Tasting the history of Hong Kong


Hong Kong is a city for food lovers. From humble food stalls to Michelin guide restaurants, this metropolis is a gastronomic haven enriched by culinary history. Through the influence of colonial occupation and immigration, many renowned Hong Kong dishes host influences from abroad, fusing Western and Asian cooking techniques, ingredients and traditions together.

By exploring the origin of three of Hong Kong’s most famous national foods and drinks, we see the important relationship between food and history, celebrating the diverse flavours of Hong Kong and how the movement of people and cultures shaped the city’s food scene.

Egg Tart

A personal favourite, the egg tart is something you will find in every bakery (if you’re lucky enough to get there before they’re all sold out!). Whilst sounding rather off-putting, don’t let its misleading name trick you. With a pastry casing and custard filling, egg tarts provide a perfect ratio of sweet to savoury.

At first glance you may mistake an egg tart for a Portuguese pastel de nata, causing the common misconception that egg tarts have Portuguese influence. However, their similar look is merely a coincidence. Rather, the egg tart is a sweet treat enriched in colonial history, hosting both British and Cantonese origins.

The egg tart is derived from the English custard tart, which was brought to Southern China by the British in the 1920s. Cantonese chefs would observe how these custard tarts were made by their English counterparts, slowly adapting the recipe over time to better suit Chinese ingredients and taste. Whilst the English tarts used custard powder, this was not commonly found or used in China. Too expensive to import, Cantonese chefs had to modify the recipe, using egg, milk and sugar to make the filling instead. The pastry was also changed. Rather than using short crust pastry, Cantonese chefs opted for the more familiar flaky pastry, which they already used for dim sum dishes. Once perfected, these newly adapted tarts were consumed in masses by the Hong Kong working class population and have continued being enjoyed ever since!

Milk Tea

Hong Kong’s most famous and loved beverage! After your first sip, you come to realise why milk tea is so popular amongst locals and tourists. The rich, silky flavours come from only two ingredients: black tea and milk. Sounds simple? Not quite. Whilst containing few ingredients, the delightfulness of this tea is credited to its complex making process, requiring patience and precision. It is fair to say, attempting to make milk tea is no easy feat.

Milk tea is a product of Britain’s colonisation in Hong Kong and Sri Lanka. English tea was originally only for the wealthy, and served exclusively in Hong Kong’s Western hotels and high-end restaurants. However, after the Second World War, English tea became more localised, accessible to locals and adapted to better suit Hong Kong tastes.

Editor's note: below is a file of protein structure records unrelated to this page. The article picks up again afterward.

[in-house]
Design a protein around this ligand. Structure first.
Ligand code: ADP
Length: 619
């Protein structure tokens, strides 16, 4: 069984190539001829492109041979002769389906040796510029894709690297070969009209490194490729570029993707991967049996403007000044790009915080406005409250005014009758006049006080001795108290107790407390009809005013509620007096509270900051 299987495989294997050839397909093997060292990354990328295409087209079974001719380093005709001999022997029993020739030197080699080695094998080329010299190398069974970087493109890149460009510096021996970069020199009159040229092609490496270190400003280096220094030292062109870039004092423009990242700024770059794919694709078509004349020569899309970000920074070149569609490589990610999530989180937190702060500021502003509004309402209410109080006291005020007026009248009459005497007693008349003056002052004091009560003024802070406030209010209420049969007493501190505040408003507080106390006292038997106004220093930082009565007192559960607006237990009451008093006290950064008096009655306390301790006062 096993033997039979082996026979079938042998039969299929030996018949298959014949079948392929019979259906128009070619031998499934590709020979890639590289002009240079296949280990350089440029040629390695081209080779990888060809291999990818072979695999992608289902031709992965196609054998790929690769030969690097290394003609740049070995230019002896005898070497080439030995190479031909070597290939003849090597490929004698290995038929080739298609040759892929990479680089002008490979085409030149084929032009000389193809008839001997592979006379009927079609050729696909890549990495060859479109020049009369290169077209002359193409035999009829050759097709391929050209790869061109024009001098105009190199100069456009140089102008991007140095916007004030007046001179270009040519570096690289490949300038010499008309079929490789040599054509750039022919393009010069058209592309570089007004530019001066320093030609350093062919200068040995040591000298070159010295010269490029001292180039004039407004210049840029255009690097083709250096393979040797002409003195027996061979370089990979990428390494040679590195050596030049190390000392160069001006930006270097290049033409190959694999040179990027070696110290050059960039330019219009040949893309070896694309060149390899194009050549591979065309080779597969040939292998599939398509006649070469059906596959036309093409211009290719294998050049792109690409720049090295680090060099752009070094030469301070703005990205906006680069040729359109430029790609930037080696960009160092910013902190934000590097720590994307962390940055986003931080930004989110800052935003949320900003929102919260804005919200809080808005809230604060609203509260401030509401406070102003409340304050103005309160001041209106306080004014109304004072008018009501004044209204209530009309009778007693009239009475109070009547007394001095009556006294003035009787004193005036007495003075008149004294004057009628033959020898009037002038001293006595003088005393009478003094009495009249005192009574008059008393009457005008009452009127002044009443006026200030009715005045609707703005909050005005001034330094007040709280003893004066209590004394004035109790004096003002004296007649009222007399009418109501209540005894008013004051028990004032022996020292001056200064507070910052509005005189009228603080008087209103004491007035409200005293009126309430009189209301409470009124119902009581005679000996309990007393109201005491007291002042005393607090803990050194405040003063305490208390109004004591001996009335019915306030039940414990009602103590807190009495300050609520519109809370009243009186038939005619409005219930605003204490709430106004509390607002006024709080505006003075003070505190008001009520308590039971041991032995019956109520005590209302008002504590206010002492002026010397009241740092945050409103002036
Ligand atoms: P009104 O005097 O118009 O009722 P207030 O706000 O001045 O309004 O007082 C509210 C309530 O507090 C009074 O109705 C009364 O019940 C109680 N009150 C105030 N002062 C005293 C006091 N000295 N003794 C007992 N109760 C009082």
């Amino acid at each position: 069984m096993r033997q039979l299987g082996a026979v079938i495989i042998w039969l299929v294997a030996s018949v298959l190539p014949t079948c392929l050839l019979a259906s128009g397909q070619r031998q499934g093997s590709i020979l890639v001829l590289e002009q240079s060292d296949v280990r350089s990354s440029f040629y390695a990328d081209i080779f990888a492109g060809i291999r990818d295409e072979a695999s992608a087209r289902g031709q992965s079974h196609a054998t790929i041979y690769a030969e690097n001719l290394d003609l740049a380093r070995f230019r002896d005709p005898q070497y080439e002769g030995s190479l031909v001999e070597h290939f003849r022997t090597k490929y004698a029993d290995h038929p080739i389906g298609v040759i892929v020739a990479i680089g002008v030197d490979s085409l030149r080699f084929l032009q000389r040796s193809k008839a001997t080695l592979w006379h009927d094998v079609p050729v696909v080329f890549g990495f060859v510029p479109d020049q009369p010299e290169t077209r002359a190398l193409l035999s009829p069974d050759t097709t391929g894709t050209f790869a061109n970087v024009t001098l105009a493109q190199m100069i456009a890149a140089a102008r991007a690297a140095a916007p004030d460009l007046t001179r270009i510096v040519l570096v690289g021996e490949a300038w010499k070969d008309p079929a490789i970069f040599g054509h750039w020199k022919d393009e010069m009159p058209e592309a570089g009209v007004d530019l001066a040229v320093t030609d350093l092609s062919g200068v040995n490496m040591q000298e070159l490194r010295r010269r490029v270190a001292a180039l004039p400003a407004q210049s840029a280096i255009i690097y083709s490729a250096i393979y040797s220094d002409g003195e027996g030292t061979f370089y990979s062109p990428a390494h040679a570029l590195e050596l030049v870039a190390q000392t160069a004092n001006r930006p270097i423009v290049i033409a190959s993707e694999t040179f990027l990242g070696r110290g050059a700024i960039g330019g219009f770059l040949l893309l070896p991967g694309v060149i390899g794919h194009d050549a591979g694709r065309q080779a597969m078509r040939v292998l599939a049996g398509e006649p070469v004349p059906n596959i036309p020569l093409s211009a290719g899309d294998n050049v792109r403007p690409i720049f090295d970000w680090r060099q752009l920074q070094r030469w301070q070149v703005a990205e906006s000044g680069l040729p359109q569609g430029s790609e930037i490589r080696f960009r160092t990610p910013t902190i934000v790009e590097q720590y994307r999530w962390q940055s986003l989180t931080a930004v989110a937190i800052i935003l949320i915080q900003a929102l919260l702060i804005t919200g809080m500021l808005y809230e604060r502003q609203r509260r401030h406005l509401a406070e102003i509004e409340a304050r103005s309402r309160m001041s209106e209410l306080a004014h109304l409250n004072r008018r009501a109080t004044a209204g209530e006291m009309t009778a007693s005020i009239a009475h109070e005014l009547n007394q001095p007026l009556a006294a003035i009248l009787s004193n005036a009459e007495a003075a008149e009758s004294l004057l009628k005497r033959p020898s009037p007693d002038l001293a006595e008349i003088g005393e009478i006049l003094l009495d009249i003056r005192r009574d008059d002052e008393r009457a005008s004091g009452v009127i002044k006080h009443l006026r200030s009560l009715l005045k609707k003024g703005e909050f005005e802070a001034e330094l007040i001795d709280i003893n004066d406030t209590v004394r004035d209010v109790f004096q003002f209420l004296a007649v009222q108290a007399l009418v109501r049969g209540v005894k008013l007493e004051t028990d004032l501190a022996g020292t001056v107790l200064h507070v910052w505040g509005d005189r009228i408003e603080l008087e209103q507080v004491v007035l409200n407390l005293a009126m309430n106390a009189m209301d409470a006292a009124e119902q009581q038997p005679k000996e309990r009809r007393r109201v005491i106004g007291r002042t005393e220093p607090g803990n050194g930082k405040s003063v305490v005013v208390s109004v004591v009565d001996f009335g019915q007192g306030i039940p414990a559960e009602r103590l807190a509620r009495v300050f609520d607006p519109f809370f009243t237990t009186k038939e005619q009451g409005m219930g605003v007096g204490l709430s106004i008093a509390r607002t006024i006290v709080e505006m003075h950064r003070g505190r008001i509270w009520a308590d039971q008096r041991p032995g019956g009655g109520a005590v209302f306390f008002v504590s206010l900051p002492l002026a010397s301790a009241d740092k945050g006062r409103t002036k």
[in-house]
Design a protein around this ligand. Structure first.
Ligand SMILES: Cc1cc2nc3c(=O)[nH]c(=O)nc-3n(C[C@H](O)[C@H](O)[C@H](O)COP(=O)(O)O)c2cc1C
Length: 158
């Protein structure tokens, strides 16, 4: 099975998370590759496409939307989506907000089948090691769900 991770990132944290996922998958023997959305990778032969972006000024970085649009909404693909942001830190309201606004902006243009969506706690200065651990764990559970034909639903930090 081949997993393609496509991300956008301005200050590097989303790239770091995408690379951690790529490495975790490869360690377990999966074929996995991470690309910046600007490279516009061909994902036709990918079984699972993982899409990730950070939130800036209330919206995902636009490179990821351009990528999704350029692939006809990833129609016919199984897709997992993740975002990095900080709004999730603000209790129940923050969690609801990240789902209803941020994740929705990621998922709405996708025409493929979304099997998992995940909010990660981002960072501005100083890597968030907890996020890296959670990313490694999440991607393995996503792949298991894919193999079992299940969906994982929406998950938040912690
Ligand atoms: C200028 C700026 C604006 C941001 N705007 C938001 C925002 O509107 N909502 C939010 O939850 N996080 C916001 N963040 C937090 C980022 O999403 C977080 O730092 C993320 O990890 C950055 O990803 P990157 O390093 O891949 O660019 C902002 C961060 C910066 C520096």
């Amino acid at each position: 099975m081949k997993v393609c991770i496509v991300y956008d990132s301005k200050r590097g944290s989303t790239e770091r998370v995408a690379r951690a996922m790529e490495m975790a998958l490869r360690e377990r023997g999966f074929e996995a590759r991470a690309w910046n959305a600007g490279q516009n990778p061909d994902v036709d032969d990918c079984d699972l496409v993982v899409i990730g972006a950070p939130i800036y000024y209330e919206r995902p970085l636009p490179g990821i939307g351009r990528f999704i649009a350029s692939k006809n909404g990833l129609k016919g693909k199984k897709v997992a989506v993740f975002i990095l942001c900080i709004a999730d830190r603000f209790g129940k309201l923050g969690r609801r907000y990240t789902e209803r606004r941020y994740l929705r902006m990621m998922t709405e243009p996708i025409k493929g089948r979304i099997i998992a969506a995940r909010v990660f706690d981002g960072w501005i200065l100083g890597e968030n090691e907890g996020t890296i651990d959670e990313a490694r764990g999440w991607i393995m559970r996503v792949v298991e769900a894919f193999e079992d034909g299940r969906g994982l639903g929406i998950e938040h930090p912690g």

Regular milk was replaced with evaporated milk for extra sweetness, and a stronger blend of tea leaves was used to better energise Hong Kong labourers who worked long hours and needed a stronger caffeine hit. One aspect that didn’t change was the continued use of Ceylon tea, which is still the predominant tea leaf used in milk tea. Brought to Hong Kong from Britain’s colonial tea plantations in Sri Lanka, this tea went from being exclusively drunk by white settlers to being drunk by every household in Hong Kong. To this day, Ceylon tea is still the most commonly drunk tea in Sri Lanka, resulting in Hong Kong and Sri Lanka sharing a similar flavour in both their favourite beverages! Affordable, accessible and delicious, milk tea became a comfort drink for many Hong Kongers, making it not just a trending beverage, but a timeless staple.

Pineapple Bun

Ironically, despite its name, the pineapple bun does not contain any pineapple. Instead, it is the bun’s yellow colour and sugary crust which resembles the outer skin of the fruit that influenced the name. A generous stick of butter is sandwiched in the middle of the bun, offering a satisfying saltiness to contrast the bun’s sweetness. It is fair to say, this bun is undeniably one of the unhealthiest (thus, most delicious) snacks you can find in Hong Kong.

The pineapple bun has an illustrious Mexican and Chinese history. Many Chinese citizens who moved to Mexico between 1890-1910 were forced to relocate after receiving deportation orders from the US government in the late 1930s. Attracted to the familiarity of the Western culture they experienced in Mexico; many chose to settle in Hong Kong. In an attempt to bring a bit of Mexico to their new home, the Mexican bun, concha, was introduced to the streets of Hong Kong. However, its popularity didn’t quite take off.

To satisfy the tastes of Hong Kong’s Western settlers, the concha bun was adapted into a more European-style pastry. The bun was no longer steamed or eaten for breakfast. Instead, it was baked to give a more Western taste that could be enjoyed with their afternoon tea. However, due to its popularity and affordability, local Hong Kongers were also able to enjoy the pineapple bun, resulting in nearly 3,000 rolls produced a day during the 1940s-1960s. Therefore, by drawing inspiration from the Mexican bun and adapting to Western taste preferences and cooking methods, the pineapple bun was born.

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